“They came to the other side of the sea, to the country of the Gerasenes. And when Jesus had stepped out of the boat, immediately there met him out of the tombs a man with an unclean spirit. He lived among the tombs. And no one could bind him anymore, not even with a chain, for he had often been bound with shackles and chains, but he wrenched the chains apart, and he broke the shackles in pieces. No one had the strength to subdue him. Night and day among the tombs and on the mountains, he was always crying out and cutting himself with stones.” -Mark 5:1-5
After calming the storm and rescuing the disciples, Jesus arrives in the Gentile territory of Gerasenes. It is easy to look over the names of people and places when we read the Bible. But this one is significant to the original audience. This location is meant to shock and awe us as we encounter Jesus. If Galilee was a border town, and Jesus and his disciples have spent the whole night crossing the little sea to get to the other side, then they are no longer in Israel. They are in the land of the Gentiles. This is meant to grab our attention because, at Jesus’ time, the Jews disdained the Gentiles. They wanted nothing to do with them, and here the Messiah, the true and better King of Israel, gets in a boat and goes into the land of the Gentiles. That should capture our attention.
Jesus Had Compassion on the Unclean
From this passage, I want you to see the absolute love and compassion of the Savior for those considered unclean and unwanted by society. When Jesus gets out of the boat, he is immediately met by a man who comes out of the tombs with an unclean spirit. This meant that this man was ceremonially unclean.
Allow me to give an aside about the Bible and cleanliness. Have you ever heard the phrase “Cleanliness is next to godliness?” Believe it or not, those words are not in the Bible. However, the Old Testament has a lot to say about being clean and unclean. In the Old Testament, many laws define those who are clean and those who are unclean. This is not so much about us as it is about God. In fact, the book of Leviticus says, “you shall be holy for I am holy” over and over and over and over again. The word "holiness" occurs 90 times in 27 chapters. What does that tell us? The reason that we should seek to be holy is because God himself is holy.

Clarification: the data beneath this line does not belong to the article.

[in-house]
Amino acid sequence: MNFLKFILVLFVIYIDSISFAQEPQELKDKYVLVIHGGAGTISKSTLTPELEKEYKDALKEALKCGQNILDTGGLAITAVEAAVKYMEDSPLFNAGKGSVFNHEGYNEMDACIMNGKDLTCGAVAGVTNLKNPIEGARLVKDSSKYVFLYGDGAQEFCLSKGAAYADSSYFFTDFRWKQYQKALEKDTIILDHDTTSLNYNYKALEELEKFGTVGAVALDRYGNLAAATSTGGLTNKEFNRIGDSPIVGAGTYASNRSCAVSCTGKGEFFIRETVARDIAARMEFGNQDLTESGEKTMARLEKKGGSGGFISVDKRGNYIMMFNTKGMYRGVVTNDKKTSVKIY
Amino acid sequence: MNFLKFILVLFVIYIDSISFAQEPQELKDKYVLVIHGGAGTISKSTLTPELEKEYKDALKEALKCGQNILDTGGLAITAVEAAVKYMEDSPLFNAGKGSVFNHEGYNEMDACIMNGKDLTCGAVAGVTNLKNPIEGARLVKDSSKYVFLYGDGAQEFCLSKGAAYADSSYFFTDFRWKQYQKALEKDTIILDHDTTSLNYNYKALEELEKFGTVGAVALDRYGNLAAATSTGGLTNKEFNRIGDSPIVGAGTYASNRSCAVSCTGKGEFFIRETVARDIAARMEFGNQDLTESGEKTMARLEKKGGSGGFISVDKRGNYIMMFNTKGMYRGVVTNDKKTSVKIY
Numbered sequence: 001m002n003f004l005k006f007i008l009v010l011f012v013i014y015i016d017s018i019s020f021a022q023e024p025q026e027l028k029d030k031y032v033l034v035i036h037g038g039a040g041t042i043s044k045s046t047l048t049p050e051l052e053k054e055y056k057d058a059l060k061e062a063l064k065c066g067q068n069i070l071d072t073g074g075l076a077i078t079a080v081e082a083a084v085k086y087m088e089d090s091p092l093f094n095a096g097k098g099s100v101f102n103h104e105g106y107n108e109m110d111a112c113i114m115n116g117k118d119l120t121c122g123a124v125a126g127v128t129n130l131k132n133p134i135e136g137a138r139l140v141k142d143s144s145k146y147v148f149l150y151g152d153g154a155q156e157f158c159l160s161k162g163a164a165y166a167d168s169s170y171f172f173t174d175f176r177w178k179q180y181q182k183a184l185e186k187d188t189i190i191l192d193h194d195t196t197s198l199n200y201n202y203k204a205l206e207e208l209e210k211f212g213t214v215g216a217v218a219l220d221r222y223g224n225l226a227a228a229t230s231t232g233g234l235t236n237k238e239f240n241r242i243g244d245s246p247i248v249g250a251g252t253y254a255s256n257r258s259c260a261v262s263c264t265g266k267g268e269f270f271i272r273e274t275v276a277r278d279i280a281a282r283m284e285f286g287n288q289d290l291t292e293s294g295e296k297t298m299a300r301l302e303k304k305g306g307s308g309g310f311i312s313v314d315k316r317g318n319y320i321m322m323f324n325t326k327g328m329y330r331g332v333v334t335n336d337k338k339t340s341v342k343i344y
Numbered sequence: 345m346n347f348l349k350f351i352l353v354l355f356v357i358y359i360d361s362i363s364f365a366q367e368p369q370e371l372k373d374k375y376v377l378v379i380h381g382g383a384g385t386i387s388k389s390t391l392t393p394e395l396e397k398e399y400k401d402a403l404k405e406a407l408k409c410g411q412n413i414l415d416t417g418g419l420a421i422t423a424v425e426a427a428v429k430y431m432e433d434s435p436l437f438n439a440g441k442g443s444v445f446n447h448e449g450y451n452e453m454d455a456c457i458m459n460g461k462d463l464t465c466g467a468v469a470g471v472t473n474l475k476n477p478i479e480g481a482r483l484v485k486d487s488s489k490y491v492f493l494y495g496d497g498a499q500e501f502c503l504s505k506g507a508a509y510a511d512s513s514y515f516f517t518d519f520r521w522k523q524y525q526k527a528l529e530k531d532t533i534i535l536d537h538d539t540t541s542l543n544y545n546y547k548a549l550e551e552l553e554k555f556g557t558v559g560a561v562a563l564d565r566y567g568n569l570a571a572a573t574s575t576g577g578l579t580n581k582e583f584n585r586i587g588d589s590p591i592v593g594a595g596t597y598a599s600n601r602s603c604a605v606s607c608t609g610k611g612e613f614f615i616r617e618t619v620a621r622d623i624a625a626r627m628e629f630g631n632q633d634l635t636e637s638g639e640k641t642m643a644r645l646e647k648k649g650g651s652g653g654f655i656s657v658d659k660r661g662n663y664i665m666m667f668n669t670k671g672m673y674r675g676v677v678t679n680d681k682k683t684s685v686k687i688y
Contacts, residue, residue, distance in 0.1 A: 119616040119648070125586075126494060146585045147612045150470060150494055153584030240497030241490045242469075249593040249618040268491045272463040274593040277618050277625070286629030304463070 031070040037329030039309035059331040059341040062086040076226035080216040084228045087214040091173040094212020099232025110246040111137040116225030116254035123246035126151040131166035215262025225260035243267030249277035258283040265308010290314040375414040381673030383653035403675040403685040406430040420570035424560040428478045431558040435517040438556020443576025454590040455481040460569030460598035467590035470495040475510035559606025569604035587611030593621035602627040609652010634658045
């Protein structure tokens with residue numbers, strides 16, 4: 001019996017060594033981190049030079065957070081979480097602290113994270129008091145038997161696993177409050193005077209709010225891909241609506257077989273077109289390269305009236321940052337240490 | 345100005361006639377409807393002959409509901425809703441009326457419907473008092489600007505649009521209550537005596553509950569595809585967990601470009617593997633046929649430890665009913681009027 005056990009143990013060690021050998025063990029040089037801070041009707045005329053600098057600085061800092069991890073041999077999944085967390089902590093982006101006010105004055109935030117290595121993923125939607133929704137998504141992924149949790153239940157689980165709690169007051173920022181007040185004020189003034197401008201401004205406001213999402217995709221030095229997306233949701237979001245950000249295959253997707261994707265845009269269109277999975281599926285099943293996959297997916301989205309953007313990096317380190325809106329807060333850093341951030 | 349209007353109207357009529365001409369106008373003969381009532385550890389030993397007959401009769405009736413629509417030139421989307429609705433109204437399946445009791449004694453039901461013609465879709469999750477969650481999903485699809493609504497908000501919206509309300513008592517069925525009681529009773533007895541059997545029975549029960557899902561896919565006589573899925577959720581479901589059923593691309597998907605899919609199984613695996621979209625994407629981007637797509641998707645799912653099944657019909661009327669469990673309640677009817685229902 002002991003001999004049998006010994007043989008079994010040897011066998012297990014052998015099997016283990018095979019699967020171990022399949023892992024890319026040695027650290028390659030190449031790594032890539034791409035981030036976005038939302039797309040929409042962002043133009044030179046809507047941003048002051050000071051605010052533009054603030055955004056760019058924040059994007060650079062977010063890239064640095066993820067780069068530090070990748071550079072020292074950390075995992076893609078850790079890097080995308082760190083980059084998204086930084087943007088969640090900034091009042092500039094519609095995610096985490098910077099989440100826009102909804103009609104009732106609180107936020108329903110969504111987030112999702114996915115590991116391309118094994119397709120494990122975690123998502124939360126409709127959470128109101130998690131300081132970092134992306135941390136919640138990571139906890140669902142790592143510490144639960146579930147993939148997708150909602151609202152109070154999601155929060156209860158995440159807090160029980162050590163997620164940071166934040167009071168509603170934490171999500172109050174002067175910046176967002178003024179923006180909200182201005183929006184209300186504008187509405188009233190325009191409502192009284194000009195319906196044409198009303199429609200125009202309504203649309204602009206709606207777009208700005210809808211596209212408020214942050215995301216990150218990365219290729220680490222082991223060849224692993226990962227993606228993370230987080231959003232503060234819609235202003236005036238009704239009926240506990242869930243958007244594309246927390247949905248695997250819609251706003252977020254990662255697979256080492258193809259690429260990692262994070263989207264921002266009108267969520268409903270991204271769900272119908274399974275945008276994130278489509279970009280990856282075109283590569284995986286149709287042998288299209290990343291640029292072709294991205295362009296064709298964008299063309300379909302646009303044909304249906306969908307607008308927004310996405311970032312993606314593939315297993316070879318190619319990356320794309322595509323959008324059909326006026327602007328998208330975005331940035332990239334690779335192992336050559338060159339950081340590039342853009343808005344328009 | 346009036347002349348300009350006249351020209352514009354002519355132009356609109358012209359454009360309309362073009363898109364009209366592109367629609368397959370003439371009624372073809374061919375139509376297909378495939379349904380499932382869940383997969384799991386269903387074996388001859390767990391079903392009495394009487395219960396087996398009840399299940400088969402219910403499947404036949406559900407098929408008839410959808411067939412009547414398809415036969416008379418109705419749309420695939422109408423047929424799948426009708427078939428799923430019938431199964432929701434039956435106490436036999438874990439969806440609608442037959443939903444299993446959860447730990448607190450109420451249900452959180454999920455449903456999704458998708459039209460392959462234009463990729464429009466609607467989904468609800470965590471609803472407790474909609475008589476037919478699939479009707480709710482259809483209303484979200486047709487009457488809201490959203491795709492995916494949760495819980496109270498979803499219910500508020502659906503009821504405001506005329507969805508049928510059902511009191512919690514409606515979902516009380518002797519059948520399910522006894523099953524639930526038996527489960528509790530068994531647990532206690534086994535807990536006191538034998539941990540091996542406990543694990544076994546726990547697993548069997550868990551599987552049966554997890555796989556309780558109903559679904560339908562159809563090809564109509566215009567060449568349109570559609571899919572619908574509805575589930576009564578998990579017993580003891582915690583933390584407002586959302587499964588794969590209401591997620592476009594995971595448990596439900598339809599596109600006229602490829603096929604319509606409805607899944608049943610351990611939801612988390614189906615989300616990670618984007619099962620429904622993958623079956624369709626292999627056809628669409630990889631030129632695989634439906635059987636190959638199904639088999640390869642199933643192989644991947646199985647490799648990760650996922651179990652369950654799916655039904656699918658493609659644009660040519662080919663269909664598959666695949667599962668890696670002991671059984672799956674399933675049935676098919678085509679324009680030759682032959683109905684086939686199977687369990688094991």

This is where the laws about cleanliness come in. To the Jewish mind, there are only two categories, clean and unclean. To be clean means that you have obeyed and kept God’s ceremonial and purity laws, and now you can go and perform the necessary worship of God in accordance with the law. To be unclean is to be defiled in such a way that you have to perform cleansing rites and purification and specific baths to be considered clean again. Whatever an unclean person touched would also be regarded as unclean. The laws of cleanliness are very strange to us as westerners, but these laws are fundamental if you want to understand the culture of Jesus’ day.
Why does it matter? This story shows that Jesus came to save the unclean. I cannot over-emphasize this. We have no understanding of the Jews’ prejudice toward those considered outsiders.
One commentator calls this man a quadruply unclean man.
This man is in an unclean land (Mark 5:1,12)
This man is an unclean gentile
This man has an unclean spirit (Mark 5:2)
This man lives among the tombs (Mark 5:3)
This man is in bad shape; he is living among the dead. This man apparently had supernatural strength. He was able to break shackles and chains. He has an unclean spirit. He howls like a dog and cuts himself with stones night and day. All his friends have abandoned him because no one could subdue him. Of course, this person was unclean and rejected in his own culture but let us be honest, someone like this today would also likely be rejected and disowned by those around him. If I met someone living in a cemetery and howling around, cutting themselves with supernatural strength, I might have the propensity to stay away from that person. And yet Christ Jesus would show him radical compassion. Let us learn from our Lord and King compassion.
Jesus Subdues the Unruly
“And no one could bind him anymore, not even with a chain, for he had often been bound with shackles and chains, but he wrenched the chains apart, and he broke the shackles in pieces. No one had the strength to subdue him.”- Mark 5:3-4
Mark wants us as readers to notice the absolute unruliness of this man. He had been bound with shackles and chains, but over and over again, he would break them with supernatural strength. This man was the lost cause of the town; no one had the power to subdue this man.....until he met Christ.
“And when he saw Jesus from afar, he ran and fell down before him. And crying out with a loud voice, he said, “What have you to do with me, Jesus, Son of the Most High God? I adjure you by God, do not torment me.” For he was saying to him, “Come out of the man, you unclean spirit!” And Jesus asked him, “What is your name?” He replied, “My name is Legion, for we are many.” And he begged him earnestly not to send them out of the country. Now a great herd of pigs was feeding there on the hillside, and they begged him, saying, “Send us to the pigs; let us enter them.” So he gave them permission. And the unclean spirits came out and entered the pigs, and the herd, numbering about two thousand, rushed down the steep bank into the sea and drowned in the sea.“- Mark 5:6-13